Tip 1: Feel what you feel. Don’t bury your emotions or explain them away. Give yourself freedom to feel what you feel. Jesus did (John 11:35).
Some of us process privately. Others need to talk. With grief, it helps to talk it out with a trustworthy person, even if that’s not your normal habit. Grief can poison you if it’s left inside, unprocessed.
Tip 2: Find a listening ear and tell the trustworthy person all about what you’re grieving. You’ll be amazed how good it feels just to talk it out. Also consider journaling everything you can about your experience. Process your grief. Don’t let it poison you.
Loss hurts because we cared for what we lost. Losing what you love hurts.
Tip 3: Even though it hurts, thank God sincerely for the good that you have lost. It was good. That’s why it hurts to lose it. By giving God thanks, even through the pain, we acknowledge that He is still on the throne. (See Job 1:21.) If our Father is still on the throne, then we are not victims. We’re children who can still run into the eager arms of our Father who loves us. He is not merely our God. He is “Our Father in heaven” (Matthew 6:9).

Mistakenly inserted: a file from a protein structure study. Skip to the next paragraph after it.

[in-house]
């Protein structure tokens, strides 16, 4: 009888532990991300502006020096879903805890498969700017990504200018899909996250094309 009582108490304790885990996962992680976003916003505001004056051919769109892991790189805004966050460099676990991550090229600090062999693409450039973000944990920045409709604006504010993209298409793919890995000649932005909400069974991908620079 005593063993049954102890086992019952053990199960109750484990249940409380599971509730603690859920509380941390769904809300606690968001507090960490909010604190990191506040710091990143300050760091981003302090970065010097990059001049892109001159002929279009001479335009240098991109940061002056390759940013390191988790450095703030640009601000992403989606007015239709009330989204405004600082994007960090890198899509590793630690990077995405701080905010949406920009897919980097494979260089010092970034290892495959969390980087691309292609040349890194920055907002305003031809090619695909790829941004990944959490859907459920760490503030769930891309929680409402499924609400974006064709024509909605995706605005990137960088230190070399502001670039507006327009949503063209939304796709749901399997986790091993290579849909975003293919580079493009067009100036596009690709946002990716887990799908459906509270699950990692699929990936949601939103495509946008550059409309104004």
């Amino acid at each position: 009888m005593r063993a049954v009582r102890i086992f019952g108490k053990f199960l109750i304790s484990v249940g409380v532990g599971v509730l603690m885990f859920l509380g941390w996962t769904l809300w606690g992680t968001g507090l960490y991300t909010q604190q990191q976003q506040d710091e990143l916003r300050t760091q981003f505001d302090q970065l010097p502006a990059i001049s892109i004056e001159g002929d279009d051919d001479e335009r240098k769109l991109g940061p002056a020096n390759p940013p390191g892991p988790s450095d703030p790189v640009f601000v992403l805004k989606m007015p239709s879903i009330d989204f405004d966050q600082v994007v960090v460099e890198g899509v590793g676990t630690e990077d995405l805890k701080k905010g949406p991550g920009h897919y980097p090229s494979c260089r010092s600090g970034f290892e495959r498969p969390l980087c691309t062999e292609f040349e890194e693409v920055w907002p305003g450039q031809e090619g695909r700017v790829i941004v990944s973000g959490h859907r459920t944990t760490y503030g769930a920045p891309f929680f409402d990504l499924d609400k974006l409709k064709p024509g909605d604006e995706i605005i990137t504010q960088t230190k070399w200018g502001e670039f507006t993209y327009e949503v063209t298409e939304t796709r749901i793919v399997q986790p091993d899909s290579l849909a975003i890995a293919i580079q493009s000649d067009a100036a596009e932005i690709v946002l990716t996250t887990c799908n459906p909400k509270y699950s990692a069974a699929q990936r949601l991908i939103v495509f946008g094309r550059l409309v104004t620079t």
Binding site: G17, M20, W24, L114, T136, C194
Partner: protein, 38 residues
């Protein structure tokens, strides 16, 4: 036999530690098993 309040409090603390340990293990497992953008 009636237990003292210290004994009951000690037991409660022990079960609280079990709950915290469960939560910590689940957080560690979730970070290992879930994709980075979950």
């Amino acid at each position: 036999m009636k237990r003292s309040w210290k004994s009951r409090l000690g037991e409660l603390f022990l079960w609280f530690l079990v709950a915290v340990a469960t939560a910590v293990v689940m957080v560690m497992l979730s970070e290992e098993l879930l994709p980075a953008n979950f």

Tip 4: Remember that grief is not the final word. Jesus endured the worst possible grief when the Father turned away from the Son as He hung on the cross. Yet Jesus chose that path because He knew joy was on the other side—“For the joy that was set before Him [Jesus] endured the cross” (Hebrews 11:2).
Grief is terrible. Pain is horrid. The cross was brutal beyond compare. But it could not keep Jesus from His joy. In fact, it was the only pathway to it.
There is good on the other side of grief. There will even be joy. The pathway there is trusting God. He brought the joy of eternal life out of the grief of the cross. He can bring joy back in this life as well.
But remember, this is a journey. It’s okay for us not to feel joy today. Just take the first step by trusting that God may bring joy in the future.